VELEZ-MITCHELL: Mitrice was released from a sheriff`s station in the dead of night with no purse, no phone, no ride, in a very remote area -- Lost Hills sheriff`s station. It`s ironic that was the name of the sheriff`s station, Lost Hills.

We don`t know yet how Mitrice died, but whatever the cause Mitrice`s parents say the sheriff`s department is to blame.

The night Mitrice vanished she was unable to pay an $89 bill at a very chic Malibu restaurant. Cops say they found a small amount of marijuana in her car. They arrested her, they impounded her car.

Witnesses at the restaurant say Mitrice was acting flat-out crazy, speaking in tongues, claiming she was from Mars; that she was there to avenge Michael Jackson`s death.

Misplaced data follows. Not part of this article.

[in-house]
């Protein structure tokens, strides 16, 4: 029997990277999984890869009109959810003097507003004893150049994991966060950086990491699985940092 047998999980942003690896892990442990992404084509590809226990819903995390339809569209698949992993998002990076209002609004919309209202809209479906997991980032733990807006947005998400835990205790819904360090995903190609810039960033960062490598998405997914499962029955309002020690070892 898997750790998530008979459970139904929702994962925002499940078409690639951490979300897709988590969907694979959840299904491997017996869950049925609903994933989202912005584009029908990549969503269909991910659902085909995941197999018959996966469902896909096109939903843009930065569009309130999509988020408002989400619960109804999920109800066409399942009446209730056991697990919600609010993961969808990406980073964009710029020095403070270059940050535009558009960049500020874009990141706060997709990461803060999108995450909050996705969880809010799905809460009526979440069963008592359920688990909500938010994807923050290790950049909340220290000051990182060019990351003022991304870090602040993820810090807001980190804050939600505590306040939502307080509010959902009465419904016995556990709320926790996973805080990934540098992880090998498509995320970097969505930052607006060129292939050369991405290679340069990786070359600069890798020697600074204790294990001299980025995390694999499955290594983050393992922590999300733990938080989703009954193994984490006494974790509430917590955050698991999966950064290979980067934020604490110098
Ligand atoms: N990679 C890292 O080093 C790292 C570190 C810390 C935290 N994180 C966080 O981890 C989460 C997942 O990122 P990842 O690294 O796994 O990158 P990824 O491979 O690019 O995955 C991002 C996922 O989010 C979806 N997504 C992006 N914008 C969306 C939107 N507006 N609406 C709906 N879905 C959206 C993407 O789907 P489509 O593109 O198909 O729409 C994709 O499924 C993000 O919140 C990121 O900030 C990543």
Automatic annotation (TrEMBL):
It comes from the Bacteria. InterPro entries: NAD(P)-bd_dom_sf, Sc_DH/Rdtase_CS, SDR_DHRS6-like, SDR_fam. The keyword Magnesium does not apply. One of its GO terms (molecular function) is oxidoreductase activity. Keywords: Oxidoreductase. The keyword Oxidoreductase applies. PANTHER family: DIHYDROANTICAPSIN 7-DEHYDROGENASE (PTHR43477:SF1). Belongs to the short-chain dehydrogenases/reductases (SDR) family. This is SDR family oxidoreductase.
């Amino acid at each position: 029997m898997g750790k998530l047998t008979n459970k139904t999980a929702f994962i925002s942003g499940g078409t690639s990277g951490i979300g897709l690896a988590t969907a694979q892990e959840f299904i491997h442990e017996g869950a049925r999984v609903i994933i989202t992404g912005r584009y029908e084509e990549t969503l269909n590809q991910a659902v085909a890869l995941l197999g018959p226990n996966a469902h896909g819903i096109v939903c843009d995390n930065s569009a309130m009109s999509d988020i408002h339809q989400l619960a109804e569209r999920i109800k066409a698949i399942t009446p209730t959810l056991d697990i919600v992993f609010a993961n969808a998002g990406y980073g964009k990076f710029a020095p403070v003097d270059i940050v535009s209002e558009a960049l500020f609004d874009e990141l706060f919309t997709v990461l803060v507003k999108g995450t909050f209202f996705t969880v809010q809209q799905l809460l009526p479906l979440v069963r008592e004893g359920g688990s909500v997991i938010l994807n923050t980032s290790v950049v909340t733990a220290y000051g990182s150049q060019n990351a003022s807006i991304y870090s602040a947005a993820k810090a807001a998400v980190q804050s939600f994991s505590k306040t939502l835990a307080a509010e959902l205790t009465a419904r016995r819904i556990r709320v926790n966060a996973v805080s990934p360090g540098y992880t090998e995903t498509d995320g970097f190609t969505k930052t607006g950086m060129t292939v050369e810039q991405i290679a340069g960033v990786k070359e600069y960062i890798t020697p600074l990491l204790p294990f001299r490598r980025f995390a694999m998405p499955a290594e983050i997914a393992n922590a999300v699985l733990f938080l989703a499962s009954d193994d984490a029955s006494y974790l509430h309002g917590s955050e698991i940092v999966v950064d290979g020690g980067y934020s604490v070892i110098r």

So why do officers say she was perfectly calm and coherent? The restaurant patrons have no reason to lie.

Mitrice`s mom joins me now. Latice, once again, as always, our deepest condolences, we want to keep this story alive because we want you to find justice for your daughter Mitrice.

SUTTON: Thank you so much, Jane. I -- I -- I appreciate you dearly, and yes, I am going to keep fighting until I find justice for my daughter. It is an outrage that I cannot even grieve my daughter`s death because I am constantly investigating, trying to find out who the murderers are of my daughter because the homicide detectives are not doing anything on her case.

So I am prepared to move forward in a press briefing sometime next week to produce the evidence that I have been giving to the sheriffs, giving to the coroners to -- that that just screams how Mitrice was -- was murdered and no one is acting upon it. And I am going to keep pushing until they act on it.